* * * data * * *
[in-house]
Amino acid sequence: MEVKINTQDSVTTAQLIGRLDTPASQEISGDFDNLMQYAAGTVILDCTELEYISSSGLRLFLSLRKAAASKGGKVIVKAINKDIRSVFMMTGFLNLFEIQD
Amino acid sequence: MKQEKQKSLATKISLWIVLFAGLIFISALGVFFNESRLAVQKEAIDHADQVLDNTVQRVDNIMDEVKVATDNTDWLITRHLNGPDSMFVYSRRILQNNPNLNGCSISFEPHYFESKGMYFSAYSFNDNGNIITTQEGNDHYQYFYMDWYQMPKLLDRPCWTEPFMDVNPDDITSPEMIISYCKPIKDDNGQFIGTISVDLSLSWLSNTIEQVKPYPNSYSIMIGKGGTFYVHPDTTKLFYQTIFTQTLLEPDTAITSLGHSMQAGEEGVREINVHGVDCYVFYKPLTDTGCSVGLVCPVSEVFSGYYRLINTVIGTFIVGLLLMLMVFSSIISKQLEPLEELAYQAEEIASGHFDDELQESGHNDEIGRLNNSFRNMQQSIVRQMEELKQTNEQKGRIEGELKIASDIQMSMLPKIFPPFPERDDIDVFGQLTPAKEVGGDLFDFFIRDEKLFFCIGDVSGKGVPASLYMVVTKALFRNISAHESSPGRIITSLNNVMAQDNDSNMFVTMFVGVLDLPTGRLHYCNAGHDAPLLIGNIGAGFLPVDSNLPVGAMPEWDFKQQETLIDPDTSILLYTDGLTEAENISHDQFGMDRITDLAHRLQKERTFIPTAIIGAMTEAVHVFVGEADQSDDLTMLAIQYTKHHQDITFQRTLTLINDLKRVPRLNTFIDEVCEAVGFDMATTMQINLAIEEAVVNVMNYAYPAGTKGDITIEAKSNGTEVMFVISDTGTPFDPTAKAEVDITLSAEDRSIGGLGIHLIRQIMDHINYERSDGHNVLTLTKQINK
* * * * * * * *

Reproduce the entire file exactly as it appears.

[in-house]
Amino acid sequence: MEVKINTQDSVTTAQLIGRLDTPASQEISGDFDNLMQYAAGTVILDCTELEYISSSGLRLFLSLRKAAASKGGKVIVKAINKDIRSVFMMTGFLNLFEIQD
Amino acid sequence: MKQEKQKSLATKISLWIVLFAGLIFISALGVFFNESRLAVQKEAIDHADQVLDNTVQRVDNIMDEVKVATDNTDWLITRHLNGPDSMFVYSRRILQNNPNLNGCSISFEPHYFESKGMYFSAYSFNDNGNIITTQEGNDHYQYFYMDWYQMPKLLDRPCWTEPFMDVNPDDITSPEMIISYCKPIKDDNGQFIGTISVDLSLSWLSNTIEQVKPYPNSYSIMIGKGGTFYVHPDTTKLFYQTIFTQTLLEPDTAITSLGHSMQAGEEGVREINVHGVDCYVFYKPLTDTGCSVGLVCPVSEVFSGYYRLINTVIGTFIVGLLLMLMVFSSIISKQLEPLEELAYQAEEIASGHFDDELQESGHNDEIGRLNNSFRNMQQSIVRQMEELKQTNEQKGRIEGELKIASDIQMSMLPKIFPPFPERDDIDVFGQLTPAKEVGGDLFDFFIRDEKLFFCIGDVSGKGVPASLYMVVTKALFRNISAHESSPGRIITSLNNVMAQDNDSNMFVTMFVGVLDLPTGRLHYCNAGHDAPLLIGNIGAGFLPVDSNLPVGAMPEWDFKQQETLIDPDTSILLYTDGLTEAENISHDQFGMDRITDLAHRLQKERTFIPTAIIGAMTEAVHVFVGEADQSDDLTMLAIQYTKHHQDITFQRTLTLINDLKRVPRLNTFIDEVCEAVGFDMATTMQINLAIEEAVVNVMNYAYPAGTKGDITIEAKSNGTEVMFVISDTGTPFDPTAKAEVDITLSAEDRSIGGLGIHLIRQIMDHINYERSDGHNVLTLTKQINK